More than a month after he was acquitted of a terrorist threats charge, Kevin Lavern Briggs, 56, says he finally got his gun and his permit back. Briggs was ordered to surrender his Kel-tec 9mm pistol and his permit to carry last year, after he was charged in connection with an incident which occurred on the evening of April 1, 2013. On that night, Briggs says he was frightened by a dog that was standing on its hind legs, pulling against its leash while being held by its owner. Briggs, who walks with the help of a cane, says the dog was four or five yards from him, so he pulled his gun and pointed it at the dog and threatened to shoot. The two people walking the dog say they became frightened when they noticed Briggs pointing the gun in their direction.
Briggs, who says he’s been a permit holder since 2011, says he’s considering legal action because he says it took too long for him to get his gun and permit back.
Attorney’s fees awarded by a federal court judge last week have pushed the total Minneapolis payouts over Officer Michael Griffin’s two excessive force lawsuits to $410,653.33. Judge David Doty awarded $145,653.33 in attorney fees after a jury already awarded plaintiff Jeremy Axel $125,000 in compensatory and punitive damages late last year. Axel sued Griffin and the city after the officer punched Axel on Nov. 5, 2011. According to Doty’s order, Axel’s attorneys originally asked for more than $200,000.
Earlier this year, the city agreed to pay a $140,000 settlement – including attorney’s fees – in an excessive force suit brought by Ibrahim Regai. Regai claims Griffin knocked him out with a punch in May of 2010.
Griffin, who was awarded the Medal of Valor in 2013, has been the subject of five internal affairs investigations.
An MPR News analysis of data from the Minneapolis City Attorney shows the city has paid out more than $21 million to resolve misconduct lawsuits and claims during the last decade.
The Minneapolis City Council voted 11-2 this morning to reappoint City Attorney Susan Segal. One of the two “no” votes came from Ward 2 council member Cam Gordon, who has expressed disagreement with some of Segal’s legal opinions, particularly her take on the Vikings stadium funding proposal. Segal has said the use of $150 million in city tax revenues for the Vikings deal is supported by state law. Gordon and others say the use of city tax dollars for a stadium violates the city charter. Gordon said today that, as in past instances where he has voted against the appointment of a department head, he will have no problem working with Segal.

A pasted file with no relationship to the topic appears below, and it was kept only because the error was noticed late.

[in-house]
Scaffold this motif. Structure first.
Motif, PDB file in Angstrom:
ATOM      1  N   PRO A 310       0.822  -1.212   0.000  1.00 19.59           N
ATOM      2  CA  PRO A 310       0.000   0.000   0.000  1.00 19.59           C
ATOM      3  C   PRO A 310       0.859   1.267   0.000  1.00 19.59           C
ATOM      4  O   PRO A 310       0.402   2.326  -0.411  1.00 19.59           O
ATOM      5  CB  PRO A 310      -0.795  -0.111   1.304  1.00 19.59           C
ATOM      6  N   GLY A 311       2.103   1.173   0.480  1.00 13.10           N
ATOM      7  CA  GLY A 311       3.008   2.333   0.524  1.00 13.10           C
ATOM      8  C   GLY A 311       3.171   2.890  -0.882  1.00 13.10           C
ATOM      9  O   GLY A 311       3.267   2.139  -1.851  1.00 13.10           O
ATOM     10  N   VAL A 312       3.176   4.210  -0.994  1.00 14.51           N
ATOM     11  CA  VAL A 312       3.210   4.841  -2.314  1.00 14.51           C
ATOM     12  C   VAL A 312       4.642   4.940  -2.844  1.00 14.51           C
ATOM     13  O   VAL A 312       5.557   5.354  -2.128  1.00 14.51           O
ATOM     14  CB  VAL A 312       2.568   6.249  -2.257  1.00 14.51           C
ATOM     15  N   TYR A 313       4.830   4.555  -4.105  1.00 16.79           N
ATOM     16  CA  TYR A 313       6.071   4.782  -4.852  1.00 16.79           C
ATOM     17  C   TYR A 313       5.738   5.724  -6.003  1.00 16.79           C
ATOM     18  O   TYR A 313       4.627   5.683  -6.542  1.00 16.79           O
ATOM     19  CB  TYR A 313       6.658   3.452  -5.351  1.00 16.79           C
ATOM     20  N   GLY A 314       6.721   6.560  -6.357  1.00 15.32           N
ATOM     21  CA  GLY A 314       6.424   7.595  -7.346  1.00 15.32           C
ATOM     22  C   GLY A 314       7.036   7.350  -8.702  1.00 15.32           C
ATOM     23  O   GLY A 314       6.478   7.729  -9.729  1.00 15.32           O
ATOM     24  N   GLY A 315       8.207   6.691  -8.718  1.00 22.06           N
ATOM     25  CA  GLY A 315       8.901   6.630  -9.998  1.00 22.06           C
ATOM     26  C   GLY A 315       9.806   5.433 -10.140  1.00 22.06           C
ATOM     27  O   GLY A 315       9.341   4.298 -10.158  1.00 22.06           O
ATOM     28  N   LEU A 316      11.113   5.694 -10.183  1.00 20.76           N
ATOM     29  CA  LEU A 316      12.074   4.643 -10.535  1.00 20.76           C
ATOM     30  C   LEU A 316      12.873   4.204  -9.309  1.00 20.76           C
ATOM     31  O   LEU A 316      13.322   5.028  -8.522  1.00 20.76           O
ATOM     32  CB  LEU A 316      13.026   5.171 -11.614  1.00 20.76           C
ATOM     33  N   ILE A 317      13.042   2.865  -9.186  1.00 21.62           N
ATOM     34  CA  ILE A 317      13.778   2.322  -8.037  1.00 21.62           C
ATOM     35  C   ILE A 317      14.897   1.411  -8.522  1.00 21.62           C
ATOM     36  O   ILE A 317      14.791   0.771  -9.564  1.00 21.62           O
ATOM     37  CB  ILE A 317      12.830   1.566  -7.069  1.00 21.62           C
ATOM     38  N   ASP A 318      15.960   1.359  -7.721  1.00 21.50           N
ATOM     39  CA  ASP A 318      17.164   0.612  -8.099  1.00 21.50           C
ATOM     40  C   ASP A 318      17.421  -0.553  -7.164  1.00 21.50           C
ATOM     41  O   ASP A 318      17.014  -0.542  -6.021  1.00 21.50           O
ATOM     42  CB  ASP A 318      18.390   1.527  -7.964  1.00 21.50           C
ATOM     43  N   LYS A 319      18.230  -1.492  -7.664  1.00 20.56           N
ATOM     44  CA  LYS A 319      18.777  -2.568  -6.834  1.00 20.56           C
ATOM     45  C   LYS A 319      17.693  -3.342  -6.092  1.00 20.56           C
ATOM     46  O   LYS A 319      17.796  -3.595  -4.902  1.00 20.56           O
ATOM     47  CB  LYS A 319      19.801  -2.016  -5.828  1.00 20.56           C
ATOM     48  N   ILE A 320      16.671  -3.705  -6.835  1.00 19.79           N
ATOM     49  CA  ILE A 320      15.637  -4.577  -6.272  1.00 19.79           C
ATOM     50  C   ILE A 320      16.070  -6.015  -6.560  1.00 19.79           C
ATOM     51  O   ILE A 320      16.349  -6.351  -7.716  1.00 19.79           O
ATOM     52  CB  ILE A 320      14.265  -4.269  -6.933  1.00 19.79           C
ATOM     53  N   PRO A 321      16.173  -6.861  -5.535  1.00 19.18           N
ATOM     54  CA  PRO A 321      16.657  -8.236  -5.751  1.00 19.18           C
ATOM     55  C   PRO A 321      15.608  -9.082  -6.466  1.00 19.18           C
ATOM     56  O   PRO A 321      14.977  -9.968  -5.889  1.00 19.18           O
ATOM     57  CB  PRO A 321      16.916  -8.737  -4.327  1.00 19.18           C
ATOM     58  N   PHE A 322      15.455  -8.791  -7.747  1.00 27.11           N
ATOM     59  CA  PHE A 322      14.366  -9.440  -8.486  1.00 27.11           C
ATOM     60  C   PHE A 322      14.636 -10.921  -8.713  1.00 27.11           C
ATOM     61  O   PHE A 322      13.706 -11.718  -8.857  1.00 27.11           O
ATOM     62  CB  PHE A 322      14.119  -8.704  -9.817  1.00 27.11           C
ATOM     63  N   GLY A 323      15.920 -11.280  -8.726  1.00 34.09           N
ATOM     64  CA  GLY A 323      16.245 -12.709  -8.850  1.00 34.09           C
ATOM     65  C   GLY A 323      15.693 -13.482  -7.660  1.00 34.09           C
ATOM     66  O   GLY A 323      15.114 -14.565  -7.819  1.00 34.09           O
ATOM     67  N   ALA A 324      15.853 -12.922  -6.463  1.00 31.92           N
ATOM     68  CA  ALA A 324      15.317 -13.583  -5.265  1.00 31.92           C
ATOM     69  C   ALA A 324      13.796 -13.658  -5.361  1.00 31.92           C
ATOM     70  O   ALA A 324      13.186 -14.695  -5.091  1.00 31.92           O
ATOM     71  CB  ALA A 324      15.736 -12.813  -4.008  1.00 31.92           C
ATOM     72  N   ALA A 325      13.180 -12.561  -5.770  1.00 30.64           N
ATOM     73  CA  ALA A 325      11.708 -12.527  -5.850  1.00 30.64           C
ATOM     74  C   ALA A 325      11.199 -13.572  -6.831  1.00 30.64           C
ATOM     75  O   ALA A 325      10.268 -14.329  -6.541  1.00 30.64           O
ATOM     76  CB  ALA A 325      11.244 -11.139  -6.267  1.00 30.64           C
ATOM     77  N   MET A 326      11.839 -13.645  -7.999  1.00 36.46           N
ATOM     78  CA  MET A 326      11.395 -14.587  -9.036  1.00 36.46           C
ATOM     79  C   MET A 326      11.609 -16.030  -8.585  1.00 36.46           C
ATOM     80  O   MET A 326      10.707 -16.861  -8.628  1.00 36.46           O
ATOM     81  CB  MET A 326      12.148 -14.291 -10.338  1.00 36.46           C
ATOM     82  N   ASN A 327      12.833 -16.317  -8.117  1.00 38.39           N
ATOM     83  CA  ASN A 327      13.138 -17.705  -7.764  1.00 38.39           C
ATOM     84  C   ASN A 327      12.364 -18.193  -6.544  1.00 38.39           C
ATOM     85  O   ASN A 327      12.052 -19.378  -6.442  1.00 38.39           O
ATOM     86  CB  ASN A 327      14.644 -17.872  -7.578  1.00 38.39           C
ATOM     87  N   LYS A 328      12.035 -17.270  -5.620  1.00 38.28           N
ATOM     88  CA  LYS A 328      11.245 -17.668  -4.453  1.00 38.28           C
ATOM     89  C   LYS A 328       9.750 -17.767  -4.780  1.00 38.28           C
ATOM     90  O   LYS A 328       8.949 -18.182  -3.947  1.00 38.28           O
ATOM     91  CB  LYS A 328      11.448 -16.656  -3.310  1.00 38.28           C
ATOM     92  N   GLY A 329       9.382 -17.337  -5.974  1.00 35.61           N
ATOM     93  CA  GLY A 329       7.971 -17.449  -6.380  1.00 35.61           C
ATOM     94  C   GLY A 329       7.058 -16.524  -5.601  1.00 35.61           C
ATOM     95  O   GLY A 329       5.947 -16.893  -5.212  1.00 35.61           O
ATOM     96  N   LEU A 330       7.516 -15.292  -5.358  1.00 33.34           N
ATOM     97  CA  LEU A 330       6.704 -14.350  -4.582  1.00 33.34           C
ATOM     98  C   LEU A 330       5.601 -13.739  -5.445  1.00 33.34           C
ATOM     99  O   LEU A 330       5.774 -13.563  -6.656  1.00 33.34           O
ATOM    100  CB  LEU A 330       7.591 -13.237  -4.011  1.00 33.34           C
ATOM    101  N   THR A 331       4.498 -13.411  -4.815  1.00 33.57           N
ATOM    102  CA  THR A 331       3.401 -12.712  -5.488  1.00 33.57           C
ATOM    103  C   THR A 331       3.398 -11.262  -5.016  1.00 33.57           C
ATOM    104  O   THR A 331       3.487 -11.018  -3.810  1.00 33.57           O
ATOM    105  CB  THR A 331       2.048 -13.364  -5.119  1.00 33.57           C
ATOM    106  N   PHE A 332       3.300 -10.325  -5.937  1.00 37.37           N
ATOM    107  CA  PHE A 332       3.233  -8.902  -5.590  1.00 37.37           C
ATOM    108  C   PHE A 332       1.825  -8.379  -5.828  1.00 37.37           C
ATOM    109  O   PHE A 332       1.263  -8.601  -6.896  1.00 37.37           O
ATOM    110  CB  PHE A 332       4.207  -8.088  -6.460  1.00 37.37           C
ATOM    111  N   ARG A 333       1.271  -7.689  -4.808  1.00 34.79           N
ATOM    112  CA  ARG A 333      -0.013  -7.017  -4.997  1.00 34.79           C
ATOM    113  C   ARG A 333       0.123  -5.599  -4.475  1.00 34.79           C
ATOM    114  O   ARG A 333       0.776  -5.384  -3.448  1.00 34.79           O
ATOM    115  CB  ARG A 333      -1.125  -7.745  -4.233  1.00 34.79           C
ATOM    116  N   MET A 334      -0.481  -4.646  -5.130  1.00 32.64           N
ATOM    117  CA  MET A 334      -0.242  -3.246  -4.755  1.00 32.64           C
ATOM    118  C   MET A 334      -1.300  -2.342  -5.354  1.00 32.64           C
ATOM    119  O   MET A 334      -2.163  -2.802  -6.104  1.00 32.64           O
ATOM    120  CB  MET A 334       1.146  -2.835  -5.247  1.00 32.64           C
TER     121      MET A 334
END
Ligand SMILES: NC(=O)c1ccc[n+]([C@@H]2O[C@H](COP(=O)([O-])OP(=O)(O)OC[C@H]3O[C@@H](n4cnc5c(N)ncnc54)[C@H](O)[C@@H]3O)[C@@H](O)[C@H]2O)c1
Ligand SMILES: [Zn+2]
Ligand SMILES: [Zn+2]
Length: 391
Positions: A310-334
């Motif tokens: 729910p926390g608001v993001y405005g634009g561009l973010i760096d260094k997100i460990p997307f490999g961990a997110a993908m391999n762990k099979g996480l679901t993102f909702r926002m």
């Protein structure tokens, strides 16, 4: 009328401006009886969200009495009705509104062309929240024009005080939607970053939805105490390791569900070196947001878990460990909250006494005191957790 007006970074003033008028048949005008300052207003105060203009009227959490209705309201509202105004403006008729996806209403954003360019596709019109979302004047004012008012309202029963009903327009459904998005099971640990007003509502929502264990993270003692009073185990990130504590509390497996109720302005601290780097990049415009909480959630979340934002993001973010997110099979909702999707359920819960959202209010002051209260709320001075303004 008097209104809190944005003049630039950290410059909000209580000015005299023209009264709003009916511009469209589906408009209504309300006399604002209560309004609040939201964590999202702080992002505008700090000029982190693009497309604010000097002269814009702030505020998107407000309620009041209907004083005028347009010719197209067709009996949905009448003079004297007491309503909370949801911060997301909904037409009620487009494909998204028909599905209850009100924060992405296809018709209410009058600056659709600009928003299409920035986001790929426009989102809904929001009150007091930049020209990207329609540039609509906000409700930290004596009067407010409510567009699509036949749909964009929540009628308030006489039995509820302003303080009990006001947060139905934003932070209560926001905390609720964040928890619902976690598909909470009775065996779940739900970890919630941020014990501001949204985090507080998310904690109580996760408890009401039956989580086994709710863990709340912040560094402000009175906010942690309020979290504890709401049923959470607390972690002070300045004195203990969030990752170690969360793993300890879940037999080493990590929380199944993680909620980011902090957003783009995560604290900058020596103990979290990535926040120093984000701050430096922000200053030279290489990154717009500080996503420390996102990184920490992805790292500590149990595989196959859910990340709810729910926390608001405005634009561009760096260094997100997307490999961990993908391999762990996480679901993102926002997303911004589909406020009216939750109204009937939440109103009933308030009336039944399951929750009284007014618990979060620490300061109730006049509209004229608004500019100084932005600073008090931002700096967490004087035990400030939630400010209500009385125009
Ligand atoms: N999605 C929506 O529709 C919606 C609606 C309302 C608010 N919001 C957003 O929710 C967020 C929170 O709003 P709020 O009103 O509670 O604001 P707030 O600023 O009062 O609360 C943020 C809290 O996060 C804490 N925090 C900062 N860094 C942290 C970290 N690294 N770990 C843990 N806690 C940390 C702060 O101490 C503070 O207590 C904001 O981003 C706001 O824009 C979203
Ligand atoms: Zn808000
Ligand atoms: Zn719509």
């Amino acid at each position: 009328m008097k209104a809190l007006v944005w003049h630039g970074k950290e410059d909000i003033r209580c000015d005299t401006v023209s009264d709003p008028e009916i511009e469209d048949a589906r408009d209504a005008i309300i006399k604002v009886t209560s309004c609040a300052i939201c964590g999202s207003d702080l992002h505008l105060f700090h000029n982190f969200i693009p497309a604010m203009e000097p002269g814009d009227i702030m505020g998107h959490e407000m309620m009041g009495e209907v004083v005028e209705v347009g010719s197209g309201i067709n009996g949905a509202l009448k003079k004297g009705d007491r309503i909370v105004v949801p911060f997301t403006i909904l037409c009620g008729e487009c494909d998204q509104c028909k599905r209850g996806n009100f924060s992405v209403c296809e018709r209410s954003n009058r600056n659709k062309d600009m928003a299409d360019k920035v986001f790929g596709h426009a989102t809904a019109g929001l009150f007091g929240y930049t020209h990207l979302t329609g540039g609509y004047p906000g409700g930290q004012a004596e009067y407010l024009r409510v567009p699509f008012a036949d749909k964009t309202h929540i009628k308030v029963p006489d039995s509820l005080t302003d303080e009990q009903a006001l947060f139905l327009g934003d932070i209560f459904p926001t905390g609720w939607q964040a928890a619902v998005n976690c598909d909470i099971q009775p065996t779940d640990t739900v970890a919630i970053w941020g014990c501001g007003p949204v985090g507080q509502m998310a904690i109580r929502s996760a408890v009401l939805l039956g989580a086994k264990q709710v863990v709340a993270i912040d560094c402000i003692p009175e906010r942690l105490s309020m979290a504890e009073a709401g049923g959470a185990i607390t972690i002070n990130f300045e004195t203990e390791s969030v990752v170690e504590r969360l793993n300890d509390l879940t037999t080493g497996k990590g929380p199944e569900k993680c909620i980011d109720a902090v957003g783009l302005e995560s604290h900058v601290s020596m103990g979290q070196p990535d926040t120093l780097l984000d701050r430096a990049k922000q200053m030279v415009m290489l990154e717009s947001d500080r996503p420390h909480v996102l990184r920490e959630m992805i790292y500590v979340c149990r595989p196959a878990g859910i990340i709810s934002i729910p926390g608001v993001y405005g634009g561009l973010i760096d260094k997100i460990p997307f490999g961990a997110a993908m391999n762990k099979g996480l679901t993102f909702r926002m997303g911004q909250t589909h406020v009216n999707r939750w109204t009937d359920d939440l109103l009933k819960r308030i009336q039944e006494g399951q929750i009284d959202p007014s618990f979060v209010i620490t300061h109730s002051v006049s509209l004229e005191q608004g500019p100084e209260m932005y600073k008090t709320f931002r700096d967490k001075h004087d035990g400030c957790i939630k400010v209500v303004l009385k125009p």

The other “no” vote came from 5th Ward council member Blong Yang. Yang said he also would still have a good working relationship with Segal. However, he sounded frustrated that he had to say that out loud. “A yes or a no vote should just mean a good relationship in the future anyway,” said Yang.
Alondra Cano, who represents the 9th Ward and voted to approve Segal’s reappointment, said she didn’t want to dwell on Segal’s stadium opinion. “I do not feel like I need to hold anyone hostage to the Vikings stadium decision,” said Cano. “I think that was of a previous council. And I will not drag that into this particular decision for myself or for our ward residents.”
Other council members offered enthusiastic support for Segal. They mentioned Segal’s focus on increasing convictions for domestic violence offenses, pension reform and defending ranked choice voting against a legal challenge as reasons for approving her reappointment.
The city is negotiating to try to reopen Nicollet Avenue. But large segments of the surrounding community were never in favor of closing the street, and they left a mural on the back of the Kmart store as a testament to their opposition. Read more →
Hennepin County Sheriff Rich Stanek will make his re-election announcement from a restaurant in northeast Minneapolis tonight. He was first elected in 2006 and reelected in 2010. During his tenure as Sheriff, Stanek has been a part of conversations between law enforcement officials from across the country and President Obama over measures to combat gun Read more →
I love to understand how stuff works. So when I recently had the opportunity to peek into the world of crime-solving, I jumped at the chance. You can’t help but wonder if all those crime shows on television have it right. How can you possibly solve a complicated murder-mystery in an hour — minus 20 Read more →
When it comes to the freight trains that run along part of the proposed Southwest light rail line, Minneapolis and St. Louis Park don’t agree on much. Both cities want the light rail project to go forward, but neither one wants to be stuck with the freight traffic. The polarization has become so intense that Read more →
Last year, I blogged about some of the hundreds of gun-related cases prosecuted in Hennepin County. I’ll keep following county gun cases this year too, and will update The Cities each month with some noteworthy items. Here’s what I found in February: Minneapolis police say a man with a permit to carry a handgun crashed Read more →
Metro Transit started trial runs of Green Line trains this week in preparation for the line’s June 14 opening. Things didn’t go so smoothly this evening when one of the trains partially derailed in downtown St. Paul. The front wheels of the train were several feet from the tracks near 12th and Cedar Streets. Crews Read more →
You can hear 17-year-old Paul Thao grin over the phone when he tells you it’s his first time to the nation’s capital. “My very first time,” says Thao, of St. Paul. “I’m so happy to be here.” The Harding High School junior is one of nine young delegates from across the United States to present Read more →